NASA selects Boeing as partner for testing emission-efficient aircraft design
Last week, National Aeronautics and Space Administration (NASA) issued an award to The Boeing Company for the agency’s Sustainable Flight Demonstrator project. NASA and Boeing will be partnering to try and revolutionise fuel-efficient design of single-aisled aircraft. Together, the pair will “build, test, and fly a full-scale demonstrator aircraft and validate technologies aimed at lowering emissions.”
Boeing and NASA will develop a full-scale Transonic Truss-Braced Wing demonstrator aircraft. The aim is to influence industry decisions regarding the next generation of single-aisle aircraft. These planes currently account for nearly half of worldwide aviation emissions and estimates predict demand for single-aisle aircraft will increase by 40,000 planes between 2035 and 2050.
NASA Administrator Bill Nelson said:
“It’s our goal that NASA’s partnership with Boeing to produce and test a full-scale demonstrator will help lead to future commercial airlines that are more fuel efficient, with benefits to the environment, the commercial aviation industry, and to passengers worldwide. If we are successful, we may see these technologies in planes that the public takes to the skies in the 2030s.”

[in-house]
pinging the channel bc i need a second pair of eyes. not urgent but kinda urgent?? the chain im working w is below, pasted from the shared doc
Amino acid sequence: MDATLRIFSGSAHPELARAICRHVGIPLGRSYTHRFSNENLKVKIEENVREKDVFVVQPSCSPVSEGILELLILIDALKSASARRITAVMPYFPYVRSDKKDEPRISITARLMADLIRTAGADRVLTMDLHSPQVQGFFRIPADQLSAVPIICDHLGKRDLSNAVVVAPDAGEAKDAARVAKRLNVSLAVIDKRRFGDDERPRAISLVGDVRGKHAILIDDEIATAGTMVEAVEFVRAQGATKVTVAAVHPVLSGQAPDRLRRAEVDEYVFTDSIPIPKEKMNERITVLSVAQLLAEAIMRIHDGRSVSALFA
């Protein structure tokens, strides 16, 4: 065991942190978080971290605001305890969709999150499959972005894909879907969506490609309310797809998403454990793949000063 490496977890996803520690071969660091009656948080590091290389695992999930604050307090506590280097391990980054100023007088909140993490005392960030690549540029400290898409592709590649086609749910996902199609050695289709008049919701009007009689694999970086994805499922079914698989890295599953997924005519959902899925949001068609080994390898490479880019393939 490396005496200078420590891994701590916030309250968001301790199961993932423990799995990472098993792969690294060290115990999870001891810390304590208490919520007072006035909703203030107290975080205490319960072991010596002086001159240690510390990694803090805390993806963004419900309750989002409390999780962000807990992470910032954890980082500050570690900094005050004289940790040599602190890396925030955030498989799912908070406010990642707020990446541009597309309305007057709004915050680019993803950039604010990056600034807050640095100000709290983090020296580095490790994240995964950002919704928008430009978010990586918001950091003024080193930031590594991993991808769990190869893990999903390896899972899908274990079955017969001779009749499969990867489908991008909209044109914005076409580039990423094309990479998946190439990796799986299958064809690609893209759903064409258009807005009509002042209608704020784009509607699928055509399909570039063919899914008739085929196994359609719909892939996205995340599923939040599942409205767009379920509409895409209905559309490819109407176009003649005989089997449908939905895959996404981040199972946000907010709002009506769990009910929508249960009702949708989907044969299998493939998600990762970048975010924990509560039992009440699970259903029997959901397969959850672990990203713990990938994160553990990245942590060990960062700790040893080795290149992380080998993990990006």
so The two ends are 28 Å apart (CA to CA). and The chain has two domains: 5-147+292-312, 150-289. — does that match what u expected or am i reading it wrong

Bob Pearce, NASA associate administrator for the Aeronautics Research Mission Directorate elaborated:
“The Transonic Truss-Braced Wing is the kind of transformative concept and investment we will need to meet those challenges and, critically, the technologies demonstrated in this project have a clear and viable path to informing the next generation of single-aisle aircraft, benefitting everyone that uses the air transportation system.”
The hope is to complete testing for the project by the late 2020s, so that technologies and design aspects can be integrated into the next generation of single-aisle aircraft entering service in the 2030s. It is estimated that in conjunction with other advancements the technology could reduce fuel consumption and emissions by up to 30 per-cent relative to today’s most efficient single-aisle aircraft.
Article by Jess Brownlow